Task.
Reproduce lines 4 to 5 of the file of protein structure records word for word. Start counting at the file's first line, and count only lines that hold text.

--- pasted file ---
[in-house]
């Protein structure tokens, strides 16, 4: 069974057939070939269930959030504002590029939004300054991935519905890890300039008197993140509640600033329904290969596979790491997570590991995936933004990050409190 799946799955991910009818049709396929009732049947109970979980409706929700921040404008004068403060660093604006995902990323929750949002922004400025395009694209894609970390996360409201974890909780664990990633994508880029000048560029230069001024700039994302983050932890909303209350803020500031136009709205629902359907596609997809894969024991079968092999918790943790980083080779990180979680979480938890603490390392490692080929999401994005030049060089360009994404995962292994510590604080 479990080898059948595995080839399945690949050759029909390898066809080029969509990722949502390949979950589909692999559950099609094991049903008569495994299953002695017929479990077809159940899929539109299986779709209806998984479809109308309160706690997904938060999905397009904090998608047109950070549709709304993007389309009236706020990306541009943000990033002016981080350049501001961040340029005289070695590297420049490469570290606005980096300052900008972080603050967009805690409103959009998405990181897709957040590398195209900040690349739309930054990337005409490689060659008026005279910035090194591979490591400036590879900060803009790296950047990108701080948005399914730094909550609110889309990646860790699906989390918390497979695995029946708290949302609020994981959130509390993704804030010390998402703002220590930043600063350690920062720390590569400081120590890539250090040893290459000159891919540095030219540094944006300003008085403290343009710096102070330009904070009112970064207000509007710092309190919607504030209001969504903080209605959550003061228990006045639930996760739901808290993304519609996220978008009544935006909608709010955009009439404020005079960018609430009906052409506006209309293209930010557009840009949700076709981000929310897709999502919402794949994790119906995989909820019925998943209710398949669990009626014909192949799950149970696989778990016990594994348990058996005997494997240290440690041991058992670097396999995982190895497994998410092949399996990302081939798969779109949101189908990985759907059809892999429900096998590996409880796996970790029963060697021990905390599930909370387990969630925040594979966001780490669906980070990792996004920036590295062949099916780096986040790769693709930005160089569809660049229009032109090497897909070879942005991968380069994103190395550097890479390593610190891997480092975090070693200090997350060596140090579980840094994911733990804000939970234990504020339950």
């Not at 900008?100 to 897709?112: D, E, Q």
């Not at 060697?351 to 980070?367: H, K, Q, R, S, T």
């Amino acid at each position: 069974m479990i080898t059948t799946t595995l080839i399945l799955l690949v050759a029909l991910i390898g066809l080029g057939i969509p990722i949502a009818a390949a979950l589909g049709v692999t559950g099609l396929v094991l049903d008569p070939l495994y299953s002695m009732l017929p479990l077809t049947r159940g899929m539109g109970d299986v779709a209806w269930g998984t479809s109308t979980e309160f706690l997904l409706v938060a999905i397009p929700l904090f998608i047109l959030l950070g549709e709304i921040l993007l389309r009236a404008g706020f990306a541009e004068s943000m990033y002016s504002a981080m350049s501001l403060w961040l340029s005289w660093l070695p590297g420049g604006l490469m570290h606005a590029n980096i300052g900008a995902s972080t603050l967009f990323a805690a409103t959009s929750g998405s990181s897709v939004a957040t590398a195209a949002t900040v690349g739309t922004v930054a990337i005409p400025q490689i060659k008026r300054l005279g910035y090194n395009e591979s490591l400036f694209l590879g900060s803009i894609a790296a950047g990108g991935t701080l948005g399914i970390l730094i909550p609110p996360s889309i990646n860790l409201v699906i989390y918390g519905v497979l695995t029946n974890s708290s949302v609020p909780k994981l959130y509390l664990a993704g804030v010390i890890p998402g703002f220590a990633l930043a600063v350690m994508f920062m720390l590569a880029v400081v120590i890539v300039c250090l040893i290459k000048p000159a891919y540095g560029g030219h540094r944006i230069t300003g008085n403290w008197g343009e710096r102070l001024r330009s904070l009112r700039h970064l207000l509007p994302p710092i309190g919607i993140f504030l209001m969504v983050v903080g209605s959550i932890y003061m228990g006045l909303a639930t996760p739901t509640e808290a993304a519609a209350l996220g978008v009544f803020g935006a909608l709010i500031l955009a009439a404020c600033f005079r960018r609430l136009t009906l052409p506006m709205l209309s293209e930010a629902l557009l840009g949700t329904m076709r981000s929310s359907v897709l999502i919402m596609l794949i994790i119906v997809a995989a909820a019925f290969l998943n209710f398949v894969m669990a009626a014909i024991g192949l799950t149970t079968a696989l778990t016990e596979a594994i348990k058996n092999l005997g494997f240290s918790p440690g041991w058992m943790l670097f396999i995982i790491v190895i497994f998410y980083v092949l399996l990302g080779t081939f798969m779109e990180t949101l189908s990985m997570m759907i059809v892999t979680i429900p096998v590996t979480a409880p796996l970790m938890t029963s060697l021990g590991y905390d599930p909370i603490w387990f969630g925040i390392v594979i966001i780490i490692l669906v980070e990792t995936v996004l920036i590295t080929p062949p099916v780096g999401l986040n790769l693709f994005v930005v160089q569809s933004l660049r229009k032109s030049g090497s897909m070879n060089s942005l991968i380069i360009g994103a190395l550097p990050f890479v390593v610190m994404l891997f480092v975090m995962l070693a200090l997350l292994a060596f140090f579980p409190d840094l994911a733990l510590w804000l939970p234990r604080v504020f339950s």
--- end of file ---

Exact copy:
């Not at 060697?351 to 980070?367: H, K, Q, R, S, T």
């Amino acid at each position: 069974m479990i080898t059948t799946t595995l080839i399945l799955l690949v050759a029909l991910i390898g066809l080029g057939i969509p990722i949502a009818a390949a979950l589909g049709v692999t559950g099609l396929v094991l049903d008569p070939l495994y299953s002695m009732l017929p479990l077809t049947r159940g899929m539109g109970d299986v779709a209806w269930g998984t479809s109308t979980e309160f706690l997904l409706v938060a999905i397009p929700l904090f998608i047109l959030l950070g549709e709304i921040l993007l389309r009236a404008g706020f990306a541009e004068s943000m990033y002016s504002a981080m350049s501001l403060w961040l340029s005289w660093l070695p590297g420049g604006l490469m570290h606005a590029n980096i300052g900008a995902s972080t603050l967009f990323a805690a409103t959009s929750g998405s990181s897709v939004a957040t590398a195209a949002t900040v690349g739309t922004v930054a990337i005409p400025q490689i060659k008026r300054l005279g910035y090194n395009e591979s490591l400036f694209l590879g900060s803009i894609a790296a950047g990108g991935t701080l948005g399914i970390l730094i909550p609110p996360s889309i990646n860790l409201v699906i989390y918390g519905v497979l695995t029946n974890s708290s949302v609020p909780k994981l959130y509390l664990a993704g804030v010390i890890p998402g703002f220590a990633l930043a600063v350690m994508f920062m720390l590569a880029v400081v120590i890539v300039c250090l040893i290459k000048p000159a891919y540095g560029g030219h540094r944006i230069t300003g008085n403290w008197g343009e710096r102070l001024r330009s904070l009112r700039h970064l207000l509007p994302p710092i309190g919607i993140f504030l209001m969504v983050v903080g209605s959550i932890y003061m228990g006045l909303a639930t996760p739901t509640e808290a993304a519609a209350l996220g978008v009544f803020g935006a909608l709010i500031l955009a009439a404020c600033f005079r960018r609430l136009t009906l052409p506006m709205l209309s293209e930010a629902l557009l840009g949700t329904m076709r981000s929310s359907v897709l999502i919402m596609l794949i994790i119906v997809a995989a909820a019925f290969l998943n209710f398949v894969m669990a009626a014909i024991g192949l799950t149970t079968a696989l778990t016990e596979a594994i348990k058996n092999l005997g494997f240290s918790p440690g041991w058992m943790l670097f396999i995982i790491v190895i497994f998410y980083v092949l399996l990302g080779t081939f798969m779109e990180t949101l189908s990985m997570m759907i059809v892999t979680i429900p096998v590996t979480a409880p796996l970790m938890t029963s060697l021990g590991y905390d599930p909370i603490w387990f969630g925040i390392v594979i966001i780490i490692l669906v980070e990792t995936v996004l920036i590295t080929p062949p099916v780096g999401l986040n790769l693709f994005v930005v160089q569809s933004l660049r229009k032109s030049g090497s897909m070879n060089s942005l991968i380069i360009g994103a190395l550097p990050f890479v390593v610190m994404l891997f480092v975090m995962l070693a200090l997350l292994a060596f140090f579980p409190d840094l994911a733990l510590w804000l939970p234990r604080v504020f339950s």